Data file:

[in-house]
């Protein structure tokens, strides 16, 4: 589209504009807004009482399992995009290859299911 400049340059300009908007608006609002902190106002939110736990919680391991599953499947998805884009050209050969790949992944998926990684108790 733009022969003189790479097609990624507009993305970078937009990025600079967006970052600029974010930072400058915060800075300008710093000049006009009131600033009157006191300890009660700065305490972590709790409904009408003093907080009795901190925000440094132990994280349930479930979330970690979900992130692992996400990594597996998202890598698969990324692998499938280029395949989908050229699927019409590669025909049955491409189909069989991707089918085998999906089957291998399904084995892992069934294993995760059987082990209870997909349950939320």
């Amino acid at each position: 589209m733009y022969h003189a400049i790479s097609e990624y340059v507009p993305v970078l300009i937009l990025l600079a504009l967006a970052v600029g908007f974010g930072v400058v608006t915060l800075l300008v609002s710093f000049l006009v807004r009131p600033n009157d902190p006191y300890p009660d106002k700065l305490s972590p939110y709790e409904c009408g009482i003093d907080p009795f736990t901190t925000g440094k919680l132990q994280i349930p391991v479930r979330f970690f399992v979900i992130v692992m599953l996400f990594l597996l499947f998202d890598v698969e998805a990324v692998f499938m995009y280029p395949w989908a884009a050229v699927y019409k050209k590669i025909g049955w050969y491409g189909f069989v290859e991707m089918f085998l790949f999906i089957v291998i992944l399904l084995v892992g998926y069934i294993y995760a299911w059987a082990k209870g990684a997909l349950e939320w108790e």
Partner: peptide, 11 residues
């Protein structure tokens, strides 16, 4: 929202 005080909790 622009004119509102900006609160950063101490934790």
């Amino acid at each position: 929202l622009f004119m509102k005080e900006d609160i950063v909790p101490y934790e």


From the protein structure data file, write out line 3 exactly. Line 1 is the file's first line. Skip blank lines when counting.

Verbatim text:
């Amino acid at each position: 589209m733009y022969h003189a400049i790479s097609e990624y340059v507009p993305v970078l300009i937009l990025l600079a504009l967006a970052v600029g908007f974010g930072v400058v608006t915060l800075l300008v609002s710093f000049l006009v807004r009131p600033n009157d902190p006191y300890p009660d106002k700065l305490s972590p939110y709790e409904c009408g009482i003093d907080p009795f736990t901190t925000g440094k919680l132990q994280i349930p391991v479930r979330f970690f399992v979900i992130v692992m599953l996400f990594l597996l499947f998202d890598v698969e998805a990324v692998f499938m995009y280029p395949w989908a884009a050229v699927y019409k050209k590669i025909g049955w050969y491409g189909f069989v290859e991707m089918f085998l790949f999906i089957v291998i992944l399904l084995v892992g998926y069934i294993y995760a299911w059987a082990k209870g990684a997909l349950e939320w108790e």